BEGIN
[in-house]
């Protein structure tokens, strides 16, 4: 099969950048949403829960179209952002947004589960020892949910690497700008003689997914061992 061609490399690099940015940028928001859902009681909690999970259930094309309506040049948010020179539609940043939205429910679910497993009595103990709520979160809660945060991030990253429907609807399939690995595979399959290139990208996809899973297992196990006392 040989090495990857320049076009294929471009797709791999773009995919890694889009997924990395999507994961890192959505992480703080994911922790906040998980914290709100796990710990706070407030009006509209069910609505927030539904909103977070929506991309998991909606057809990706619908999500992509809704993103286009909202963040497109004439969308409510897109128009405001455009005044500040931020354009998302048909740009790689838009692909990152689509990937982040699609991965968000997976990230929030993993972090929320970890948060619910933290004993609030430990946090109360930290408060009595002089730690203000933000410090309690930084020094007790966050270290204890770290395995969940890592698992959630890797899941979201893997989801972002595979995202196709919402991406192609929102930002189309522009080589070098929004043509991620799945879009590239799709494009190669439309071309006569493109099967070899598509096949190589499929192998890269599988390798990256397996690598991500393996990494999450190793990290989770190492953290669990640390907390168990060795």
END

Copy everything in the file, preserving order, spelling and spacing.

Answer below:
[in-house]
């Protein structure tokens, strides 16, 4: 099969950048949403829960179209952002947004589960020892949910690497700008003689997914061992 061609490399690099940015940028928001859902009681909690999970259930094309309506040049948010020179539609940043939205429910679910497993009595103990709520979160809660945060991030990253429907609807399939690995595979399959290139990208996809899973297992196990006392 040989090495990857320049076009294929471009797709791999773009995919890694889009997924990395999507994961890192959505992480703080994911922790906040998980914290709100796990710990706070407030009006509209069910609505927030539904909103977070929506991309998991909606057809990706619908999500992509809704993103286009909202963040497109004439969308409510897109128009405001455009005044500040931020354009998302048909740009790689838009692909990152689509990937982040699609991965968000997976990230929030993993972090929320970890948060619910933290004993609030430990946090109360930290408060009595002089730690203000933000410090309690930084020094007790966050270290204890770290395995969940890592698992959630890797899941979201893997989801972002595979995202196709919402991406192609929102930002189309522009080589070098929004043509991620799945879009590239799709494009190669439309071309006569493109099967070899598509096949190589499929192998890269599988390798990256397996690598991500393996990494999450190793990290989770190492953290669990640390907390168990060795």